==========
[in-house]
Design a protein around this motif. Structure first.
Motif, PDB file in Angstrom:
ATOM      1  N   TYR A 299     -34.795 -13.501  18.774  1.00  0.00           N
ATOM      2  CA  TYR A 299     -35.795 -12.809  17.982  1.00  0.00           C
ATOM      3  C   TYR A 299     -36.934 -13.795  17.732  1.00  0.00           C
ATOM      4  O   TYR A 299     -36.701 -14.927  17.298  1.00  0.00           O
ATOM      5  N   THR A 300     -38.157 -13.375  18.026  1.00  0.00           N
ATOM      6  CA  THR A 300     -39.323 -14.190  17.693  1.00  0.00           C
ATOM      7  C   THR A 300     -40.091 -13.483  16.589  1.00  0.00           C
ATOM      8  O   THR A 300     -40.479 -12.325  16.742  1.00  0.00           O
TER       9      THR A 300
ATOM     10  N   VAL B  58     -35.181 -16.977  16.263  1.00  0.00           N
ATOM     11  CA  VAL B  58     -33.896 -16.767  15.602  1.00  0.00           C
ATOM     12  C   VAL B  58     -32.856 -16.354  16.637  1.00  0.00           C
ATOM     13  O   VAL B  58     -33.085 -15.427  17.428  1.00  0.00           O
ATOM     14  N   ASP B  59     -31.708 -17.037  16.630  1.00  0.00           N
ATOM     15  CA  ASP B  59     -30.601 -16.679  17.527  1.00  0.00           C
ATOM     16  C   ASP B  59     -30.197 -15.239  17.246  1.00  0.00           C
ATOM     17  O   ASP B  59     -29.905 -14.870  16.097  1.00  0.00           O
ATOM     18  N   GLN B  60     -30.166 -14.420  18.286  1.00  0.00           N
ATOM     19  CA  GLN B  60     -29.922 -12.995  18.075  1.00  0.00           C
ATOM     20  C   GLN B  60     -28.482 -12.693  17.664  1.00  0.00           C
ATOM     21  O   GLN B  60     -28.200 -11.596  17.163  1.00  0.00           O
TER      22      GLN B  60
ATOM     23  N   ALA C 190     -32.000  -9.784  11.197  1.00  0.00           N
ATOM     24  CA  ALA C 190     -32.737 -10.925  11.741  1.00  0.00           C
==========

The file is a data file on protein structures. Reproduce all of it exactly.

[in-house]
Design a protein around this motif. Structure first.
Motif, PDB file in Angstrom:
ATOM      1  N   TYR A 299     -34.795 -13.501  18.774  1.00  0.00           N
ATOM      2  CA  TYR A 299     -35.795 -12.809  17.982  1.00  0.00           C
ATOM      3  C   TYR A 299     -36.934 -13.795  17.732  1.00  0.00           C
ATOM      4  O   TYR A 299     -36.701 -14.927  17.298  1.00  0.00           O
ATOM      5  N   THR A 300     -38.157 -13.375  18.026  1.00  0.00           N
ATOM      6  CA  THR A 300     -39.323 -14.190  17.693  1.00  0.00           C
ATOM      7  C   THR A 300     -40.091 -13.483  16.589  1.00  0.00           C
ATOM      8  O   THR A 300     -40.479 -12.325  16.742  1.00  0.00           O
TER       9      THR A 300
ATOM     10  N   VAL B  58     -35.181 -16.977  16.263  1.00  0.00           N
ATOM     11  CA  VAL B  58     -33.896 -16.767  15.602  1.00  0.00           C
ATOM     12  C   VAL B  58     -32.856 -16.354  16.637  1.00  0.00           C
ATOM     13  O   VAL B  58     -33.085 -15.427  17.428  1.00  0.00           O
ATOM     14  N   ASP B  59     -31.708 -17.037  16.630  1.00  0.00           N
ATOM     15  CA  ASP B  59     -30.601 -16.679  17.527  1.00  0.00           C
ATOM     16  C   ASP B  59     -30.197 -15.239  17.246  1.00  0.00           C
ATOM     17  O   ASP B  59     -29.905 -14.870  16.097  1.00  0.00           O
ATOM     18  N   GLN B  60     -30.166 -14.420  18.286  1.00  0.00           N
ATOM     19  CA  GLN B  60     -29.922 -12.995  18.075  1.00  0.00           C
ATOM     20  C   GLN B  60     -28.482 -12.693  17.664  1.00  0.00           C
ATOM     21  O   GLN B  60     -28.200 -11.596  17.163  1.00  0.00           O
TER      22      GLN B  60
ATOM     23  N   ALA C 190     -32.000  -9.784  11.197  1.00  0.00           N
ATOM     24  CA  ALA C 190     -32.737 -10.925  11.741  1.00  0.00           C